US in mourning over 500,000 COVID deaths, UK sees hope
President Joe Biden ordered flags lowered to half mast on Feb. 23 after the United States crossed the "heartbreaking" milestone of 500,000 COVID-19 deaths, while Britain eyed lifting lockdowns in the latest sign of global gains against the pandemic.
"I know what it’s like," an emotional Biden said in a national television address, referring to his own long history of family tragedies.
"I ask all Americans to remember, remember those we lost and those they left behind," Biden said. "I also ask us to act, to remain vigilant, to say socially distant, to mask up, to get vaccinated."
Biden, accompanied by his wife Jill and Vice President Kamala Harris and her husband Doug Emhoff, then stood outside the White House to mark a moment’s silence in front of 500 candles representing the toll - the highest reported of any country.
Earlier, flags were lowered over the White House and at federal buildings nationwide as well as at embassies around the world.
"As a nation we cannot and must not let this go on," Biden said, urging unity. "We have to fight this together as one people, as the United States of America.
Unlike his predecessor Donald Trump, who often sought to minimize the disease, Biden has made the pandemic his top priority, simultaneously pushing an aggressive vaccine rollout and making frequent, public shows of empathy.
It is a strategy that could make or break the Biden presidency, already juggling high-stakes economic challenges and the tense political aftermath of the Trump era.
Biden has warned that the U.S. toll could still go "well over" 600,000.
But signs are also emerging that progress is being made both in the United States and around the world, with infections dropping sharply and vaccine deliveries rising steadily.
In Britain, Prime Minister Boris Johnson outlined a "gradual and cautious" approach to lifting curbs in England that could see life there return almost to normal by the end of June. The first step will be the return of children to schools from March 8.
There was also good news from a University of Edinburgh study finding that Pfizer and Oxford-AstraZeneca vaccinations have led to a "substantial reduction" in COVID-19 admissions to hospitals in Scotland.
Despite the dramatic losses in the United States, the trend there is also sharply downward.
Rochelle Walensky, director of the Centers for Disease Control, said U.S. deaths are at their lowest since December, with a 39 percent drop in the latest seven-day average of new daily cases.
Globally, the toll is nearing 2.5 million.
Meanwhile India, the world’s second worst-hit nation in terms of infections, passed a bleak threshold on Monday by registering its 11 millionth case following a renewed rise in transmission.
Fresh restrictions on gatherings came into force in the western state of Maharashtra, home to financial capital Mumbai, which has logged almost 52,000 deaths since the start of the pandemic.
The vast nation’s inoculation drive is creeping slowly, and India’s Serum Institute - the world’s biggest vaccine maker - has urged other countries to be "patient," saying it has been told to prioritize the home market.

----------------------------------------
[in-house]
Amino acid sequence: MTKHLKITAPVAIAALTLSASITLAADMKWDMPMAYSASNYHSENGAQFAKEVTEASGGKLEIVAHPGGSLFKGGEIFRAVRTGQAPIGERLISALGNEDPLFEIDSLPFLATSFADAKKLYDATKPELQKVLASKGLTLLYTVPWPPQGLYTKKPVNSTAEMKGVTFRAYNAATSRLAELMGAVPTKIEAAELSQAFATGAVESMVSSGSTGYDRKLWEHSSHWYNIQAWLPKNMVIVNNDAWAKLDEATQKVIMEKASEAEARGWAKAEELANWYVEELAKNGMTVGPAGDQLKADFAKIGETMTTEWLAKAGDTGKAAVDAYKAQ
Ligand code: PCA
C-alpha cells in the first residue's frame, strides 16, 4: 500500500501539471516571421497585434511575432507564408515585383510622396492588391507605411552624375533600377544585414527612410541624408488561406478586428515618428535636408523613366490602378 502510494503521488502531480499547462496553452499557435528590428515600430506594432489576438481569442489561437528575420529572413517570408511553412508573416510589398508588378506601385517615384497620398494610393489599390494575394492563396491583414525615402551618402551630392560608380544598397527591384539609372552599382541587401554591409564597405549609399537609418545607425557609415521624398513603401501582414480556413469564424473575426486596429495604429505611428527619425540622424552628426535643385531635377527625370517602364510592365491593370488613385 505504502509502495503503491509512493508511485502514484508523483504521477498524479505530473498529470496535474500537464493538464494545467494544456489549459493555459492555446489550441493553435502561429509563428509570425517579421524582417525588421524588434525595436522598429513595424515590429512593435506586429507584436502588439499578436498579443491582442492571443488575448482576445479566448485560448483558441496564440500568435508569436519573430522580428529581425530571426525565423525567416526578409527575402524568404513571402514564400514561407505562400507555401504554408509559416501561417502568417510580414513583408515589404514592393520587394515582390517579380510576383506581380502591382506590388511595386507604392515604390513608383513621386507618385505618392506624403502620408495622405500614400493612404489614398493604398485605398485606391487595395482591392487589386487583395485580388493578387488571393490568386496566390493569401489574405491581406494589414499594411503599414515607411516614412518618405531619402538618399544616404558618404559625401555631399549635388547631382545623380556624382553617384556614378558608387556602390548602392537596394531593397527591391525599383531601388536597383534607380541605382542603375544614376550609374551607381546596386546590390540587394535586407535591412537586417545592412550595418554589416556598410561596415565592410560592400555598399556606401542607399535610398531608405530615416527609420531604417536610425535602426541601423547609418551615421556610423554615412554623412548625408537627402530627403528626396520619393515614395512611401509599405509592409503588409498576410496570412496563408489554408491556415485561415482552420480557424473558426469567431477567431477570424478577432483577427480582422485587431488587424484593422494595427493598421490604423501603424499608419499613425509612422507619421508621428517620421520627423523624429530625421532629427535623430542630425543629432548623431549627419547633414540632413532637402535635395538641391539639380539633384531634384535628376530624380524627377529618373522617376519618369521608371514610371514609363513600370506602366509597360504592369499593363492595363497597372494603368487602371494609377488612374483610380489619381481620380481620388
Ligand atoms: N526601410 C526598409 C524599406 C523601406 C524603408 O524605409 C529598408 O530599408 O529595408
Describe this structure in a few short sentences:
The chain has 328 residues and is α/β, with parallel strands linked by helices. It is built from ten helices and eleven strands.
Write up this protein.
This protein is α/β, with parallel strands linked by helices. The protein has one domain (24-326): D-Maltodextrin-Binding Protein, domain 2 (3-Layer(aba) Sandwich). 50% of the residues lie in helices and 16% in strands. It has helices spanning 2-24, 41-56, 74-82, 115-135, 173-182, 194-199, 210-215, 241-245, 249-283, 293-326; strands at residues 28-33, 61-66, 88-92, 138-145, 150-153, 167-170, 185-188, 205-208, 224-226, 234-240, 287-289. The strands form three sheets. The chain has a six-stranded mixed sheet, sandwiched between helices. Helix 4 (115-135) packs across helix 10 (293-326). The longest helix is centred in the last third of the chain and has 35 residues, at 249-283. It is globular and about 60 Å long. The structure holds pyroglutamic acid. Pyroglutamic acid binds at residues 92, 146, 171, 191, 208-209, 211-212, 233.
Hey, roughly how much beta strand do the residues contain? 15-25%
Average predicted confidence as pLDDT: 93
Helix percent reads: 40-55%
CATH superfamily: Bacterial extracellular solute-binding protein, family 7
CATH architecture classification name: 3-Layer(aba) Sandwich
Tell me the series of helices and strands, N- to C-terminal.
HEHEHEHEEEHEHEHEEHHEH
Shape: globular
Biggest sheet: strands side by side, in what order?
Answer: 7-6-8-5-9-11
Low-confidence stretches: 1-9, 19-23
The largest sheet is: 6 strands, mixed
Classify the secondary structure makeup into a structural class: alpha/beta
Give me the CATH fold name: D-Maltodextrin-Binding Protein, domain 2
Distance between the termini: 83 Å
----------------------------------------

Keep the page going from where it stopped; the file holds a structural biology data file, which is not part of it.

In the capital New Delhi, vegetable vendor Radhekrishna Negi spoke for many around the world, telling AFP: "I am fed up of corona."
According to the Centers for Disease Control, more than 61 million people have received at least one shot of vaccine in the United States, with some 18 million getting the full two doses.
In Australia, top officials on Feb. 21 were among a small group receiving the first doses, a day before the program starts in earnest.
Prime Minister Scott Morrison got the Pfizer/BioNTech vaccine at a medical center in Sydney, in what the government said was a bid to boost public confidence after some anti-vaccine protests.
And in Gaza on Feb. 21, some 20,000 Russian-made Sputnik V vaccine doses arrived from the United Arab Emirates.
The shots came via the Rafah crossing with Egypt, meaning they did not pass through Israel, which has maintained a tight blockade on Gaza since 2007.
Britain’s government has vowed to offer a first dose to every adult by the end of July. More than 17 million people have now received at least a first vaccine dose - one third of the adult UK population.
Meanwhile, hundreds of thousands of German pupils returned to schools and kindergartens for the first time in two months on Feb. 22.
In Hong Kong, leader Carrie Lam received a shot of the Chinese Sinovac drug after the financial hub last week fast-tracked its approval.
And Air New Zealand said it will trial a digital travel pass to give airlines and border authorities access to passenger health information, including their COVID-19 vaccination status.
But the World Health Organization criticized wealthy countries for hogging COVID vaccines, preventing availability for poorer nations.
Countries like the United States have contributed money for procurement to supply poor countries, but the WHO said funds are useless if no vaccines are available.
"Even if you have the money, if you cannot use the money to buy vaccines, having the money doesn’t mean anything," WHO director-general Tedros Adhanom Ghebreyesus said.